Swedish recycling company Renewcell is well known in the textile industry, most notably for upcycling cellulosic textile waste, such as cotton clothes, and transforming it into its new material Circulose. Since its foundation in 2012, it has partnered with companies like H&M, Aditya Birla, Tangshan Sanyou, Levi’s, Ganni, Daiwabo Rayon and Kelheim Fibres among others. On 19th August, Renewcell started the world’s first commercial scale 100 percent textile-to-textile recycling plant in Sundsvall, Sweden.
Work started a little more than a year ago on 1st July 2021. After adapting the site to its needs, Renewcell began with the building erection in October 2021 and finished it in ten months. After several test runs with water, the plant has now switched to textile waste that is running through sections of the process line for quality assurance and adjustments. The company expects the full process line to be operational in September 2022 itself. The capacity for the first half of 2022 is estimated at 60,000 metric tons and double that by 2023/24.
“While our production start marks a significant milestone in the global history of textiles, it also causes me to reflect on the massive achievements made by the team that built this plant,” said Renewcell CEO Patrik Lundström when commenting on the interim report of the second quarter 2022 at the end of August.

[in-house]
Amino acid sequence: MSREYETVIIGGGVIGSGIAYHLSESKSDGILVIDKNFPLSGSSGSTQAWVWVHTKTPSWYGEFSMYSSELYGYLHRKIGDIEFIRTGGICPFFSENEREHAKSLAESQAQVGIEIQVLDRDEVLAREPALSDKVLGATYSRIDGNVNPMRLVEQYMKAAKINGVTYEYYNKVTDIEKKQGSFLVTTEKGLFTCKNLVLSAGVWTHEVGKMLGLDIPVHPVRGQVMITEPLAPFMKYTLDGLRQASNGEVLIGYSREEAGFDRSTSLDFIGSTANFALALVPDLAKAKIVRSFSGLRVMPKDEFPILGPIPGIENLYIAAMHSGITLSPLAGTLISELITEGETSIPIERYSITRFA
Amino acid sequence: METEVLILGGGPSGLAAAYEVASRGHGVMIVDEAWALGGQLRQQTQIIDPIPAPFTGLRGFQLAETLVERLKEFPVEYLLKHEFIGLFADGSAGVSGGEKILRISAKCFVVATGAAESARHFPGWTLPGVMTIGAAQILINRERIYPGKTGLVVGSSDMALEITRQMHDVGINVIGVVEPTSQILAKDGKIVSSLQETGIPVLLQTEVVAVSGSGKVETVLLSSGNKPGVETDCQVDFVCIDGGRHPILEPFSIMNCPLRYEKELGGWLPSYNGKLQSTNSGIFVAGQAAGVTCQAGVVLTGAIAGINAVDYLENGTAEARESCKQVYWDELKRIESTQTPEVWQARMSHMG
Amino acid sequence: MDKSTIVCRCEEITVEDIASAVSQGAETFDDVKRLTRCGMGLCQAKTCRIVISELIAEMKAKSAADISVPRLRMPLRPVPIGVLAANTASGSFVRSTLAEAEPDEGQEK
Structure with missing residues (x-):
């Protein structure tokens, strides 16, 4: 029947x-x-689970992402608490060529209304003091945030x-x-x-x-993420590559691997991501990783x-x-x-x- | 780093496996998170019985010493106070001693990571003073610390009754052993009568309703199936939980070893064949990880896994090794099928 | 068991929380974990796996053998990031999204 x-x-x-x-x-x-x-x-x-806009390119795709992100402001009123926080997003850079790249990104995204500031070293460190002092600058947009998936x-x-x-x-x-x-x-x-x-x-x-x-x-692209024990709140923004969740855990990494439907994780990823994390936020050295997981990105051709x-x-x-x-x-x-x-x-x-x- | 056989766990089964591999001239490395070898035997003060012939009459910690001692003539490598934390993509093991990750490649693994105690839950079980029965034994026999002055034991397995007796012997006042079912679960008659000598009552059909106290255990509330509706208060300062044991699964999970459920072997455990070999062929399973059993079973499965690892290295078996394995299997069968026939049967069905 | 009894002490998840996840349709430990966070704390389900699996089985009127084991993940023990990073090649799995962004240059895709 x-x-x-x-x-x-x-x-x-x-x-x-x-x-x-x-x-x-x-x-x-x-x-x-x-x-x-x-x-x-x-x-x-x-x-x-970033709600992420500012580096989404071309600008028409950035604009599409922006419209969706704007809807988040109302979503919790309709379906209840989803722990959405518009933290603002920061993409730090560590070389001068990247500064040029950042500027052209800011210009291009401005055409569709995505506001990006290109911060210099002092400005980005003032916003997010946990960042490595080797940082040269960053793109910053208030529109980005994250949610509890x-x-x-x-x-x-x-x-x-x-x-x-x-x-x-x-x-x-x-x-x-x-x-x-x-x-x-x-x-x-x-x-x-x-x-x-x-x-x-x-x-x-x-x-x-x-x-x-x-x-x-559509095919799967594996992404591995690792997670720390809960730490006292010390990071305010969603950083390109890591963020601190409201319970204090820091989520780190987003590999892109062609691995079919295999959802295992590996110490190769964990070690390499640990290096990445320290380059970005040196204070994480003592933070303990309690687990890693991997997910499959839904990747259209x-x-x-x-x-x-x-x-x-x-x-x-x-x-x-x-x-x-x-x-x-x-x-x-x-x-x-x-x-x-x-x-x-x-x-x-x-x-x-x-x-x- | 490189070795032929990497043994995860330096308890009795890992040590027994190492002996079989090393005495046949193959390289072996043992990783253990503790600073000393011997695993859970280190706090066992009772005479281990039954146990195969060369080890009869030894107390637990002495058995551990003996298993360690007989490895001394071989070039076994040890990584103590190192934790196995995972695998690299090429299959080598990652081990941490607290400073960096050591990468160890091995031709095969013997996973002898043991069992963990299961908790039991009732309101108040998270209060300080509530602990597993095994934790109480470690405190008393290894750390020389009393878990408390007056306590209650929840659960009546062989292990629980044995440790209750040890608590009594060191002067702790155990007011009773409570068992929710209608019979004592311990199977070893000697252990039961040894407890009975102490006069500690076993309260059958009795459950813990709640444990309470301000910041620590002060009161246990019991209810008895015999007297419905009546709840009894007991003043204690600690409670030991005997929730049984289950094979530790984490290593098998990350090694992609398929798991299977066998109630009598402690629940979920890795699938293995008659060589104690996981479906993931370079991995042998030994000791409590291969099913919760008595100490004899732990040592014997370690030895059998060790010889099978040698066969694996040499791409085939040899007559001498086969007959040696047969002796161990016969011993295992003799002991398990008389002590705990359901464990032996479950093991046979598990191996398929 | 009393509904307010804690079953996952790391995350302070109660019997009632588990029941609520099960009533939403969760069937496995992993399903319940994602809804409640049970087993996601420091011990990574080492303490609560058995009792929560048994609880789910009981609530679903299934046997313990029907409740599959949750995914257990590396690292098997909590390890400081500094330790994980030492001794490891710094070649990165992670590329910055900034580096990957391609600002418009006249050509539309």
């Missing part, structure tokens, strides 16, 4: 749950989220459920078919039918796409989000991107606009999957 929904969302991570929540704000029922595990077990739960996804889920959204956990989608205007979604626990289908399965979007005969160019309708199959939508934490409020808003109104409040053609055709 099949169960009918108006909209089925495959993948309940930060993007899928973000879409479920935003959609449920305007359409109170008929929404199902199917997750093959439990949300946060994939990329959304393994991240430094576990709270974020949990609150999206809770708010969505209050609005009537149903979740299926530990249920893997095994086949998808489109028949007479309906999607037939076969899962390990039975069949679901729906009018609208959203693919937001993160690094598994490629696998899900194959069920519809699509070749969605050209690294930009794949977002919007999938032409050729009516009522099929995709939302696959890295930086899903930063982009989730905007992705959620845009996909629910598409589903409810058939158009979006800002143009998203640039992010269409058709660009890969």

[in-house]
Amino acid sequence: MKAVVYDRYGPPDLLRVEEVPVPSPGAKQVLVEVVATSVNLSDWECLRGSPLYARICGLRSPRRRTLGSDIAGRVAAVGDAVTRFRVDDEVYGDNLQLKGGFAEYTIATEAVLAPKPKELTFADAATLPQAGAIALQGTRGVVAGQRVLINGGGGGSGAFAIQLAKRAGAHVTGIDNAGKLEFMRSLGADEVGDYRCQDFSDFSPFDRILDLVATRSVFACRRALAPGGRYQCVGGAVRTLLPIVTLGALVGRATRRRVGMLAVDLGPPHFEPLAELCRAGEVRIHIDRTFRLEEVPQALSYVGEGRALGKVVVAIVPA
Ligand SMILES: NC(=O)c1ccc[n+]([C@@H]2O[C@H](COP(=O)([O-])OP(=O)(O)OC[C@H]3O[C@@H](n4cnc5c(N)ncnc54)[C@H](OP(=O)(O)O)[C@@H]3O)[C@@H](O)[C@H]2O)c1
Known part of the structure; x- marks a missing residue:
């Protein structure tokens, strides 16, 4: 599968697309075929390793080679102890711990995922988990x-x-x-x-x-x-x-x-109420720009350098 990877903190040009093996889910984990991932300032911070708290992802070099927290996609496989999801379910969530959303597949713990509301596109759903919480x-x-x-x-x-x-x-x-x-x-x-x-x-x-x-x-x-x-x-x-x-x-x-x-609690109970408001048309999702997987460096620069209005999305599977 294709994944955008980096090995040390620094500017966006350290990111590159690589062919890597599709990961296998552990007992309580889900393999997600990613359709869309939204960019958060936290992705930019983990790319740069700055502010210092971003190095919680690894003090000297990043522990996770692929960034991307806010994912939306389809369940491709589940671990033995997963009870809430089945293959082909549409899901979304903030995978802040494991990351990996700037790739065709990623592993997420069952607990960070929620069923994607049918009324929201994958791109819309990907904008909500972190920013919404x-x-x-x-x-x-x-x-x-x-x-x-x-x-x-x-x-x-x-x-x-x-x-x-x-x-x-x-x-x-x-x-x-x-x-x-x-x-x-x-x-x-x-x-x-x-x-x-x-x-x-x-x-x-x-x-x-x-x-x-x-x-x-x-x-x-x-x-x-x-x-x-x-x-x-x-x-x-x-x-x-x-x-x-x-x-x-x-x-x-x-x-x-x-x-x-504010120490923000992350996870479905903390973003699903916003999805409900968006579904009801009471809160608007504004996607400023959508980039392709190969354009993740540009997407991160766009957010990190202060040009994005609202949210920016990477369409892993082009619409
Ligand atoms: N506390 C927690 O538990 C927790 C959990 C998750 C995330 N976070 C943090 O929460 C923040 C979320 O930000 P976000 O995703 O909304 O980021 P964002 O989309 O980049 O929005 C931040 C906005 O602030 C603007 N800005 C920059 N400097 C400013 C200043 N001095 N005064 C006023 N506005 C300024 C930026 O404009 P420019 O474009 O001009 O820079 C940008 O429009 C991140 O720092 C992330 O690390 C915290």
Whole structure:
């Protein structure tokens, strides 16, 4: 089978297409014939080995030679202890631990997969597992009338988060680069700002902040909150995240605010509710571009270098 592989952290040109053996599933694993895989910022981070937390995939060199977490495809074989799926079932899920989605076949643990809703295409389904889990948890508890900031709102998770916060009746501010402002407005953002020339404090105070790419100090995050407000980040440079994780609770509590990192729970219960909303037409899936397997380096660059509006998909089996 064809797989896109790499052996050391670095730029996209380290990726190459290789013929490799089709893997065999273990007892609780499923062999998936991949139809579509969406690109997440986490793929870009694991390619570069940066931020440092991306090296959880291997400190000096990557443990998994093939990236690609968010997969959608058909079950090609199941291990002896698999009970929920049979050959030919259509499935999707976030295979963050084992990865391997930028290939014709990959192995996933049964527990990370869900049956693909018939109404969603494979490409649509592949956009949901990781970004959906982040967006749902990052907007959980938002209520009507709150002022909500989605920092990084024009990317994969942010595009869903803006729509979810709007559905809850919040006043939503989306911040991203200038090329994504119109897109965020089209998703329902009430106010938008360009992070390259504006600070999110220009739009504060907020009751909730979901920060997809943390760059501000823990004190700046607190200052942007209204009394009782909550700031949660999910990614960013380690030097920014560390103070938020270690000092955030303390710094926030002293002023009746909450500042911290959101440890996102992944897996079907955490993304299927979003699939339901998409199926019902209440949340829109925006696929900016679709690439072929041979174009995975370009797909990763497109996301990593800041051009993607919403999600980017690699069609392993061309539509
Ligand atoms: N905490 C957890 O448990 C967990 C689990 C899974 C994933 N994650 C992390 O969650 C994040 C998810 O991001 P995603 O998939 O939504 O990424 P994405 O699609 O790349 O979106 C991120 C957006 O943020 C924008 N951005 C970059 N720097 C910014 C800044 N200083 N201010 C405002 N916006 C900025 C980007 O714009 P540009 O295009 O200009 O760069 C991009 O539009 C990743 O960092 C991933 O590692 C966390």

“Now, after about ten months of hard work, the site is ready for operations. And, at a cost that is about half of the cost of erecting a greenfield viscose plant. Thanks to the dedicated efforts of our experienced team we were able to deliver despite pandemics, supply chain disruptions, cost inflation and geopolitical crises,” added Lundström.
The next step is to gradually ramp-up capacity and product quality over the next three to six months. The company is also relying on its plant in Kristinehamn, which has a consistent output above 90 percent within specification.
“We are now well positioned to accelerate to meet the ever-increasing demand for Circulose from fiber manufacturers and fashion brands, and can still conclude we are five to seven years ahead of competition. We are engaged in advanced customer dialogues and see good opportunities to establish higher price levels, as well as to compensate for example for increase in transport and energy costs,” concluded Lundström.